Slow mo (in the mood for love) at

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Old August 9th, 2004, 07:44 PM   #1
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Slow mo (in the mood for love)

Hey guys,

I'm trying to imitate the shot that was used in this particular film.
The scene where Tony Leung and Maggie Cheung always cross path, when they go for their dinner in that particular stairway scene.

What's the best way to shoot , so that when I slow down the footage, it can come close to that?

I'm shooting in PAL, using either XL1s, or DVX100.
What's the best shutter speed mode to shoot 1/50? and should I shoot in 50i, or 25p/frame mode for this particular scene?

thanks for the help.
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Old August 11th, 2004, 03:05 PM   #2
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Hey Michael,

I just happened to come across this thread randomly, but In the Mood For Love is one of the most beautiful films I've ever seen and those shots you're talking about are really amazing. Christopher Doyle and Wong Kar Wai are huge influences on me and what I'd like to strive to achieve in the future.

I'm really not deeply educated in all of this or anything, but I can tell you what I've tried and know about. As far as shutter speed goes I would choose a high, or faster shutter speed if I was going to slow down the footage in post using your editing app. It will give you a smoother slo-mo...those sequences in that film actually weren't overcranked too much; you could try another way to get a slow motion effect.

In my case since I'm shooting on an NTSC DVX100A, if I were to shoot in 60i and then place that footage into a 24 frame timeline in FCP, that footage would end up being played back 2.5x slower than my other footage shot in 24p. In your case since you'd be shooting in 50i, you could capture that footage and place it into a 25p timeline and you'd get footage playing 2x slower than your 25p footage. I'm not sure if there is a shutter speed that would work best with this, so you may want to do some tests. That may give you just enough of that slightly dreamy and fluid motion, although this method probably works slightly better with 60i.

Hope I was able to help a little. Good luck with your project!

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Old August 11th, 2004, 07:04 PM   #3
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Thanks for the feedback.
Yes I agree that the film is very well shot.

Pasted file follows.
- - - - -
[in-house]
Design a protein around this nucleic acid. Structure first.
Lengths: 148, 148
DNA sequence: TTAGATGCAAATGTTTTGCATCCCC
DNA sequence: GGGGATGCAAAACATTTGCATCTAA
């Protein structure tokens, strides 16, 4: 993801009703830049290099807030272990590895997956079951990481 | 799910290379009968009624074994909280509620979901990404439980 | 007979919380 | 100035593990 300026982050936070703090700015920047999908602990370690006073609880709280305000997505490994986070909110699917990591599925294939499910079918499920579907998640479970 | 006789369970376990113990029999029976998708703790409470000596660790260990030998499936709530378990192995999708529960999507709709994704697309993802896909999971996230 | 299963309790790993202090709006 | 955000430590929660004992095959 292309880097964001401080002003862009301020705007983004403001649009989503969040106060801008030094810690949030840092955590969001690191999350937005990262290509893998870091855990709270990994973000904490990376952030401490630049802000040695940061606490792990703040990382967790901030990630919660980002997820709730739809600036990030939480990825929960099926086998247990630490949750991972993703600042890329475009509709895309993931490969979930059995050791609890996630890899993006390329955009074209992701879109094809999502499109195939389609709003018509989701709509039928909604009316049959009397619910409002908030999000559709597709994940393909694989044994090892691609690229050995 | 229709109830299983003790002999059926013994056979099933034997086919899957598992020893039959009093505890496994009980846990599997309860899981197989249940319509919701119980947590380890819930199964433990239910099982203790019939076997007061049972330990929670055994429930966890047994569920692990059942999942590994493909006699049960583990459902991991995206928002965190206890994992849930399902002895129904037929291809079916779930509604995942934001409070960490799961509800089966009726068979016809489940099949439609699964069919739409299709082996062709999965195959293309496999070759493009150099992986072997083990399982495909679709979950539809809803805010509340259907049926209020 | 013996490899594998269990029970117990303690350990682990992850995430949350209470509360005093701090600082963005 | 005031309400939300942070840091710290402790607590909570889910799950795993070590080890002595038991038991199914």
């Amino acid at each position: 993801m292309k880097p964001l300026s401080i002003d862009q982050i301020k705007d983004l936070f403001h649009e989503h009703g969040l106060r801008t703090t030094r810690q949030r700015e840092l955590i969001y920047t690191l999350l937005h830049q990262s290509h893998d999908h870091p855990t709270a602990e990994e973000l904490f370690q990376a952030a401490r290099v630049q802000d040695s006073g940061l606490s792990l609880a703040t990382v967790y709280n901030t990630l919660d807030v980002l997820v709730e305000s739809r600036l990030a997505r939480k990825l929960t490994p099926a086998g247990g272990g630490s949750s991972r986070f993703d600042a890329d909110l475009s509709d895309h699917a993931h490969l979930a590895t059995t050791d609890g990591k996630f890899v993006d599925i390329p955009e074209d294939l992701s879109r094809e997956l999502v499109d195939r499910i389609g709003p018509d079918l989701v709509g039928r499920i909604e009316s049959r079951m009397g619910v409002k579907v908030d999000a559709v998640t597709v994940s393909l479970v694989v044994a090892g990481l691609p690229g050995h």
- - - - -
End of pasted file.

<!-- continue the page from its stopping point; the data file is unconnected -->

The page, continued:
It has huge influences on me as well

Anyone else has other suggestions?
I guess my plan now is to shoot at 1/50 shutter speed, and for that particular scene, i'll shoot them in 50i mode.

Since the rest I intend to shoot in either in XL1s frame mode or DVX100 25p.

Hope I wont have any problem intercutting these 2 footages.
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Old August 12th, 2004, 02:50 PM   #4
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One of the students I worked with on his film loves "In the mood for love."
He gave me his DVD and I was impressed with the composition and
lighting. Very nice.

If I were you I would shoot in 50i using the DVX. On Avid, you can choose to
interpolate when doing motion effects (slo mo). What that does is take
each field and makes a whole frame out of it.
That's what the XL1 does in frame mode, so I would
NOT shoot in frame mode as you are already tossing out one field.
You want as many pixels as possible to work with.
If you shot with the varicam and it's 60 full frames per second,
getting good slo mo would be even easier when bouncing to PAL.

It is fairly easy for the computer to do a good job @ 50% reduction in speed.
There are other software solutions like Twixtor and Avid fluid motion that
use morphing and pixel motion algorithms to create new frames but
Twixtor has a high learning curve and fluid motion is only available on
high end avids.
Jacques Mersereau
University of Michigan-Video Studio Manager
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Old August 12th, 2004, 03:21 PM   #5
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I was to be be working alongside Christopher Doyle on a shoot in a few weeks, but he had to pull out of the project. It's a shame. I thought "In the Mood for Love" was beautiful also.
Charles Papert
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Old August 13th, 2004, 02:51 PM   #6
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I'm not sure I follow Nick's logic. If you drop 60i footage into a 24p timeline it should be coverted (conformed in Avid and Premiere Pro speak) as soon as it is imported. It would do no time stretching. I believe you may be thinking that each field would be displayed as a frame? If that happened, each frame would only have half the resolution and have noticable horizontal black lines running al through it.

At least that's what I have seen if you mix types in Avid Xpress Pro and Premiere Pro. It is conformed to the timeline settings in a temp file someplace on your drives.

Maybe I missed something there.

To really slow down motion, almost always there is some sort of motion blur added that helps smooth out the interlacing artifacts present when you start to show one field then another too slowly. There are all sorts of versions of this built in to most software. Blended, VCR style, interpolated etc.

Premiere used to just slow the footage down and it was quite choppy. Now, there is some interpolated blending thing happening in Pro that actually seems to work pretty well.

You might simply try manually adding some gausian or motion blur as an effect to a clip and see what happens. A little should go a long way here.

Sean McHenry
ĎI donít know what Iím doing, and Iím shooting on D.V.í
- my hero - David Lynch
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